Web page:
Academic journal article American Economist

A Christian Perspective of the Current Economic Crisis

Academic journal article American Economist

A Christian Perspective of the Current Economic Crisis

Article excerpt

As the Financial Meltdown of 2007-8 turns into a global economic crisis which will most likely be measured in years rather than months, it is imperative that we look beyond the symptoms (frozen credit, failing banks, rising home foreclosures, business bankruptcies, millions of lost jobs and falling commodity prices) and get to the root causes. The economic crisis, like the bubbles (housing, commodity, stocks) that preceded it, is the direct result of an increasingly unbalanced economy which has its roots in unbalanced lives. This would not surprise anyone who takes a Christian perspective on economic issues, for the current crisis clearly demonstrates that an economy based on social injustice and motive by greed and avarice is not sustainable.

While the Christian tradition does not offer an economic model or an economic theory, it does present a set of principles which are necessary for a "just economy" and it is clear from these principles that we have been following the wrong path. These principles are designed to help Christian's follow Jesus in their economic lives, that is, they apply Christian ethics to economic issues. However, these principles also inform non-Christians, as they are also grounded in the natural law, the moral code that is based on the nature of the human person and what it necessary to promote authentic human development. As we will see, these principles highlight issues that are central to the current economic crisis.

The purpose of this article is to bring the values of the Gospel to the discussion on the causes of the economic crisis, especially as they have been articulated by the Catholic social thought tradition. My suggestion that our understanding of economics can benefit from moral theology is certainly out of the mainstream of the economics profession (Clark 2008a). I want to make clear from the beginning that I am not suggesting that theology can or should replace economic theory. Nor am I, or the Church for that matter, suggesting that the Bible or the Church offers an economic blue print on how to manage a modern economy, or what public policies should be implemented. As John Paul II stated: "The church has no models to present; models that are real and truly effective can only arise within the framework of different historical situations, through the efforts of all those who responsibility confront concrete problems in all their social, economic, political and cultural aspects, as these interact with one another" (CA 43). Instead, Catholic social thought is "an application of the word of God to people's lives and the life of society, as well as to the earthly realities connected to them, offering 'principles of reflection,' 'criteria of judgment,' and 'directives for action'" (SRS 8).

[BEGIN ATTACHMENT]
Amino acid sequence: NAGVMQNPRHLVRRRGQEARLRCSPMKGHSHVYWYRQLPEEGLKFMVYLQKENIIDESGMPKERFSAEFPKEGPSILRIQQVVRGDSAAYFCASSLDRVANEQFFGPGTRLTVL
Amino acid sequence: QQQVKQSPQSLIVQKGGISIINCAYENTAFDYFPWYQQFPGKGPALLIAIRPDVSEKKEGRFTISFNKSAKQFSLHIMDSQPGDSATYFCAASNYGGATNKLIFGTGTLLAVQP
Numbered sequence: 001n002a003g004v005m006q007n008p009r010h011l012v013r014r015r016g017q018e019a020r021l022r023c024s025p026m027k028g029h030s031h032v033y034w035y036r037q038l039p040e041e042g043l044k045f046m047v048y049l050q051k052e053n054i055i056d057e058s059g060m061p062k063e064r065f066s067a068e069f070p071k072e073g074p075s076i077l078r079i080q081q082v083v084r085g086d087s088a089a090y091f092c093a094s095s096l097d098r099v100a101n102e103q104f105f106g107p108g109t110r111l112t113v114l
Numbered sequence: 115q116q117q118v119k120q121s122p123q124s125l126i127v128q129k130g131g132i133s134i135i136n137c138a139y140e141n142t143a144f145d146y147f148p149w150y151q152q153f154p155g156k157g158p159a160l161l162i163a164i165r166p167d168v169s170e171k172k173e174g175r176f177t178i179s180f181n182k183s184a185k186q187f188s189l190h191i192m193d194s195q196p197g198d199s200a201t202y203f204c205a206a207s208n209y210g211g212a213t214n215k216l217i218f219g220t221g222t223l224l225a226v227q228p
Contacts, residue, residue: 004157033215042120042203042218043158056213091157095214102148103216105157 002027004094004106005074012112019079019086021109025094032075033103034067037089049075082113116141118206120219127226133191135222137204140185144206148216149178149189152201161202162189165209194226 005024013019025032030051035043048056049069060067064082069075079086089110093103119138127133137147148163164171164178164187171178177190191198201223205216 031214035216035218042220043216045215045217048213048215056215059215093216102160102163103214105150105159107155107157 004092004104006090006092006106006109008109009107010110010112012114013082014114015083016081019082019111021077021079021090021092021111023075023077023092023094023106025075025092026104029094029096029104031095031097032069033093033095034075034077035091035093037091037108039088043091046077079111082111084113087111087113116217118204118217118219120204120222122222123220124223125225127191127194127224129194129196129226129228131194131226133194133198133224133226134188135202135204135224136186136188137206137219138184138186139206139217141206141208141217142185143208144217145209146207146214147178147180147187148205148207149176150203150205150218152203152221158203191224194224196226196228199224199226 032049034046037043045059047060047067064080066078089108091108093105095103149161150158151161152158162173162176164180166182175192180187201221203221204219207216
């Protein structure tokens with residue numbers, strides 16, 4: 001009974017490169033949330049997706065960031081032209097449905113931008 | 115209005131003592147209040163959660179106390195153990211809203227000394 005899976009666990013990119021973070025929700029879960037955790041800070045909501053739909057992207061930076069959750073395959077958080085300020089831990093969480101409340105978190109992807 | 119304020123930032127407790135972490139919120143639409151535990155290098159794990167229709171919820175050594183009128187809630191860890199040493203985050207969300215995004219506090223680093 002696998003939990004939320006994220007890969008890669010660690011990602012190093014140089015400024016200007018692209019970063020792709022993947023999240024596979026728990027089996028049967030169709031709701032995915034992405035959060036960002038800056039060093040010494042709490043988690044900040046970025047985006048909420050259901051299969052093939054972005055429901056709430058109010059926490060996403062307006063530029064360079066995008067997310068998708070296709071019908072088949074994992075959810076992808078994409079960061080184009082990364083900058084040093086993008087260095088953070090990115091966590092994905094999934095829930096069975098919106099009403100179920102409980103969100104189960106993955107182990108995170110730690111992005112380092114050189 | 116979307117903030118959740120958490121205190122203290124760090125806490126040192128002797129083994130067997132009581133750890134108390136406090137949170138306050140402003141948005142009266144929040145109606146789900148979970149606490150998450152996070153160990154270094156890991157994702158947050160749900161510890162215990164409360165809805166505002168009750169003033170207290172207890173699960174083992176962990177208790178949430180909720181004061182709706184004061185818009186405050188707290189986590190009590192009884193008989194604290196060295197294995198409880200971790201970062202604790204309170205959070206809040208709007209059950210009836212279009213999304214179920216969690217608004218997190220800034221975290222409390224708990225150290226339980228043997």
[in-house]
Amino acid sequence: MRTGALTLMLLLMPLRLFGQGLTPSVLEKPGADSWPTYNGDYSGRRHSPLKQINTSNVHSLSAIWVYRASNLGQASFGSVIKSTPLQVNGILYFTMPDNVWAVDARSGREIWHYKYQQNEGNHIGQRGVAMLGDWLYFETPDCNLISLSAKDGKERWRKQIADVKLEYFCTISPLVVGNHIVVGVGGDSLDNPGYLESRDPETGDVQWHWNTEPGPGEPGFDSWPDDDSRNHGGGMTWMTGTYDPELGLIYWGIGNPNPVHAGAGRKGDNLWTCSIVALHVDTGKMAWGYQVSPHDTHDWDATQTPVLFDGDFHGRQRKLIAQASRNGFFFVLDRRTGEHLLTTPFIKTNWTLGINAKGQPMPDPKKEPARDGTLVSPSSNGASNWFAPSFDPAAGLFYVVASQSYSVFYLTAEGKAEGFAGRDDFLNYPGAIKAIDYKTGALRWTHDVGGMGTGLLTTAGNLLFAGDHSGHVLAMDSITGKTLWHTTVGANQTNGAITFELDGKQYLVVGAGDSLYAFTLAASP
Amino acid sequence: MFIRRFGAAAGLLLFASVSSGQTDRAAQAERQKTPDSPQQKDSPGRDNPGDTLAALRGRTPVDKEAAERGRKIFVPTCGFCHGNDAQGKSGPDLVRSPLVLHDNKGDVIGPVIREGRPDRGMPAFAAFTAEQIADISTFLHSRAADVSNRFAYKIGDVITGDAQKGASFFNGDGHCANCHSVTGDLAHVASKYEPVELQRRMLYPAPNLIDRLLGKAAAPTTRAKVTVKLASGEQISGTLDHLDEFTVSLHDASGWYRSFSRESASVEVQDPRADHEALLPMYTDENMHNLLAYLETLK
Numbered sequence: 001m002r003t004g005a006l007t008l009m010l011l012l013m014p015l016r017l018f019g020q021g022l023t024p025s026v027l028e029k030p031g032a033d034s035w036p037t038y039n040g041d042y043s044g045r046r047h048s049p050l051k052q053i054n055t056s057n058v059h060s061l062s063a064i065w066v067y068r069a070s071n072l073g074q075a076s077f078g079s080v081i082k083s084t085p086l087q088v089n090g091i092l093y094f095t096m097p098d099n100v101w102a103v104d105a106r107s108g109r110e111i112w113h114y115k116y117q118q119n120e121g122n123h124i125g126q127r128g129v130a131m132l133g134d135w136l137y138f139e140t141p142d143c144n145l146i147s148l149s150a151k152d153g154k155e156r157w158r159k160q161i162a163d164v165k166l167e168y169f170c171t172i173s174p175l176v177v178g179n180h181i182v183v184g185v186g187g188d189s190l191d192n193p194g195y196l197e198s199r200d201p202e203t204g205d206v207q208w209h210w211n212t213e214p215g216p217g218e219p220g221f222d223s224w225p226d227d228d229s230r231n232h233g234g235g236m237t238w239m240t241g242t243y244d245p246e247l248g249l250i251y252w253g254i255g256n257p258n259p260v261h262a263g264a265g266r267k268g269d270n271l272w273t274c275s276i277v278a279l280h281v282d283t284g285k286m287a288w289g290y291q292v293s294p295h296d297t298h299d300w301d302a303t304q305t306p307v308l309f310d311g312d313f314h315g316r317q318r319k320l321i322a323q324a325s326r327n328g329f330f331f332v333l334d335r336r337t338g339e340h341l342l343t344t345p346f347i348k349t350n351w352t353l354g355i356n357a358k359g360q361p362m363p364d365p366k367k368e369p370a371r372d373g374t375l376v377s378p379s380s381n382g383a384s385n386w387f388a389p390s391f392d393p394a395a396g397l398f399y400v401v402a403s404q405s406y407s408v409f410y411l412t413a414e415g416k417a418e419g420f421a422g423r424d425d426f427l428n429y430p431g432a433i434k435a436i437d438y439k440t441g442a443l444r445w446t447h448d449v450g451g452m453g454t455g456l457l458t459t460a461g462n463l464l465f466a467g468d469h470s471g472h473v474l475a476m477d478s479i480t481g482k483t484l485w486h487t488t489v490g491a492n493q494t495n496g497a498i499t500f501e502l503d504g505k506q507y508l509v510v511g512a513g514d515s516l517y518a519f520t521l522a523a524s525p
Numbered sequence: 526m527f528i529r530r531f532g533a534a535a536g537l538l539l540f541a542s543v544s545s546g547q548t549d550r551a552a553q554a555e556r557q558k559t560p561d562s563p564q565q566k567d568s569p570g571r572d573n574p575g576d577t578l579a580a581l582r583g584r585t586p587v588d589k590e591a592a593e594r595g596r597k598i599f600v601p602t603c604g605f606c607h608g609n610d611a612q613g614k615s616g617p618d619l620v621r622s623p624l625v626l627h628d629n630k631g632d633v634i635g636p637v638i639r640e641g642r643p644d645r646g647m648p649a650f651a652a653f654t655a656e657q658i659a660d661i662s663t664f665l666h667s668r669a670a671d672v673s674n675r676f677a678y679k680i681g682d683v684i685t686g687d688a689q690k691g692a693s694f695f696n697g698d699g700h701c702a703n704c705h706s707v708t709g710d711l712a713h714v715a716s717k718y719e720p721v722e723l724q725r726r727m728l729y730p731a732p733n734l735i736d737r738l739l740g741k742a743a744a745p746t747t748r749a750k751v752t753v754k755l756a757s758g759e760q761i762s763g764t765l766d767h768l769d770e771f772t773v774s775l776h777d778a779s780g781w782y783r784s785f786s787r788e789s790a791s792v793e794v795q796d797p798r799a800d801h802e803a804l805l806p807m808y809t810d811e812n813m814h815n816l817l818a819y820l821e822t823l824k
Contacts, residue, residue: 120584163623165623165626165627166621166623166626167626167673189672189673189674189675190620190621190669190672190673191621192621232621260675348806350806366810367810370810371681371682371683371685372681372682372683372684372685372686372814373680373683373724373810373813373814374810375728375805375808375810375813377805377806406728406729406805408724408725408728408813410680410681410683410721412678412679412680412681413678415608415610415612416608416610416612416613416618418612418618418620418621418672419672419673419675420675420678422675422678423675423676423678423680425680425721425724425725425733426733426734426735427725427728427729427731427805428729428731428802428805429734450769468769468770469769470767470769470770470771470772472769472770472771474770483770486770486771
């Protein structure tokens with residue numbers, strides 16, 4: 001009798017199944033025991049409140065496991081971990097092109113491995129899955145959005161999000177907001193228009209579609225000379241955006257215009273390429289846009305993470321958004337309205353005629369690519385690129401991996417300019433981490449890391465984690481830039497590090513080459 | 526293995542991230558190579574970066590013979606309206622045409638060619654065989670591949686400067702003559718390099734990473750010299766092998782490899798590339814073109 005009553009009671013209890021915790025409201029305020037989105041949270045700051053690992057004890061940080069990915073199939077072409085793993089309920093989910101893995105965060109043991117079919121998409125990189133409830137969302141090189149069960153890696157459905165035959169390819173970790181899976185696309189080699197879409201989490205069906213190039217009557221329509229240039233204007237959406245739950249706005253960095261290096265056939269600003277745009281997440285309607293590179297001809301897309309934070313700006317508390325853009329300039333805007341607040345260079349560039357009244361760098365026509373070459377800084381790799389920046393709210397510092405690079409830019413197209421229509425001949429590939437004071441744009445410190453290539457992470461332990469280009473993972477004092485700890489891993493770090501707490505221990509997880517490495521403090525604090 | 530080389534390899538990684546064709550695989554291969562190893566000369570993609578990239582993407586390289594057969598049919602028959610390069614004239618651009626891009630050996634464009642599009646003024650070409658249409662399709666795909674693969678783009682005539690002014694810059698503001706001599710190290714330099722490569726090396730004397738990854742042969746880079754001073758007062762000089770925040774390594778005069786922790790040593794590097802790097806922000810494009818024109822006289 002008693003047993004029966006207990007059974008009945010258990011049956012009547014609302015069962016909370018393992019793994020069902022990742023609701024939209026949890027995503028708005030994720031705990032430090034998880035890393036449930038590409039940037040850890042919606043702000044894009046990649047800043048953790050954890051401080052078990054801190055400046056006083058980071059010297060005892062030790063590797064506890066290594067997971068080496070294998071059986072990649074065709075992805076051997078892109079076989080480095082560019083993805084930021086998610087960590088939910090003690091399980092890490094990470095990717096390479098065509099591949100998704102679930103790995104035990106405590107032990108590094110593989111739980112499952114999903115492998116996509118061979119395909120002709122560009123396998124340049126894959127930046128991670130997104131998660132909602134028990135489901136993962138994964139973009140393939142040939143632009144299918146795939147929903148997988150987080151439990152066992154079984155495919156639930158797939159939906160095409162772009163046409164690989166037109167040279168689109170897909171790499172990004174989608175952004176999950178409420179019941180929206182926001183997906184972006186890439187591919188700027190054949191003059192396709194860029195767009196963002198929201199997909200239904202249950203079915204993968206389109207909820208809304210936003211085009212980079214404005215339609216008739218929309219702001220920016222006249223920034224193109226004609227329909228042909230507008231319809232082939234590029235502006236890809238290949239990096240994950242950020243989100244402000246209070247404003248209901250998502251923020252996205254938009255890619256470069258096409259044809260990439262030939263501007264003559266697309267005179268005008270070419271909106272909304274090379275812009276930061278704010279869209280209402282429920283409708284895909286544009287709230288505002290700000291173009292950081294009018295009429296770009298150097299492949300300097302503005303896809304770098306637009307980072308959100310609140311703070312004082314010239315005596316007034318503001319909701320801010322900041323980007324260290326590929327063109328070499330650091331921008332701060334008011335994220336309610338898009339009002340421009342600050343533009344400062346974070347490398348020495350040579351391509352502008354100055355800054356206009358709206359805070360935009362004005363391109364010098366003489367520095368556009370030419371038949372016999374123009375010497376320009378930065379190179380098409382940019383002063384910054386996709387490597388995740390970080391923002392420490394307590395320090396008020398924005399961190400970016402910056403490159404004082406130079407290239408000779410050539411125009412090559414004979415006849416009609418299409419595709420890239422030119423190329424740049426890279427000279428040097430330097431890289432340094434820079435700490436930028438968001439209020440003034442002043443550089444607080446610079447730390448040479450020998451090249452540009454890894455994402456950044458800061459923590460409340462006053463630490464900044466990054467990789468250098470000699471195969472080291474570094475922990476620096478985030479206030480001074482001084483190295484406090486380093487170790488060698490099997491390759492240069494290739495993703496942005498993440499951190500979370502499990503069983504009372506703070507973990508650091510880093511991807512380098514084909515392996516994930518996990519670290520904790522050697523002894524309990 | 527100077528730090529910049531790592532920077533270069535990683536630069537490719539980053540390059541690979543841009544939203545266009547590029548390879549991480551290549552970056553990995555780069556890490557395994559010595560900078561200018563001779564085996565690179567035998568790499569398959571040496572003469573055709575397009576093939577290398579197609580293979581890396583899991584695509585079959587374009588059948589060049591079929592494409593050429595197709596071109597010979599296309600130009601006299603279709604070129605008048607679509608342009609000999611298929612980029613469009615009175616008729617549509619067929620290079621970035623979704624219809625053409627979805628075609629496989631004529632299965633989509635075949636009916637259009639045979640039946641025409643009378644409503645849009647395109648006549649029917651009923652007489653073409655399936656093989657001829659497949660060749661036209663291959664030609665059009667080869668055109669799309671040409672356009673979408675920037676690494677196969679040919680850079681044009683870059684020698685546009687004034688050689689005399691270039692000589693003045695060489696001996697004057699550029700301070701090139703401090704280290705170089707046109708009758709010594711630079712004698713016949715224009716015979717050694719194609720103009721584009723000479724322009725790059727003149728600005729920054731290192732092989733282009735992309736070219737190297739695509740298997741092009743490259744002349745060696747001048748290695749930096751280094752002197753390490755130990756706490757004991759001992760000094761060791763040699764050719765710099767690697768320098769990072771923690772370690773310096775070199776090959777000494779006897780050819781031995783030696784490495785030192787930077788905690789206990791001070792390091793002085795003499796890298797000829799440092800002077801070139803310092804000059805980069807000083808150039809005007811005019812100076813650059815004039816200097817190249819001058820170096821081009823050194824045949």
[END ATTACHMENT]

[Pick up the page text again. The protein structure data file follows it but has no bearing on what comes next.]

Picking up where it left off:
This paper will follow the method laid out by John Paul II. First we will review the economic forces behind the financial meltdown and economic crisis. Here we will see that this crash was the natural result of the inherent imbalances in capitalist economies. In the second section we will present "principles of reflection," the basic principles of a just economy as developed in the Catholic social thought tradition. In the third section we will use these principles as "criteria of judgment" to evaluate the factors which caused the great imbalance in the economy. The final section will present some "directives for action" on how to promote a more just economy.


The outlines of the financial meltdown are now becoming clear. After 9/11 the Federal Reserve Bank lowered interest rates to historic lows, which caused money managers to look for higher returns elsewhere, while maintaining low levels of risk. To meet this new demand, Wall Street came out with new financial instruments, especially the securitization of U.S. mortgages. U.S. Mortgages seemed ideal due to their historically low foreclosure rates and the fact that since the Great Depression housing prices have never fallen nationally, although regional housing markets have declined. …

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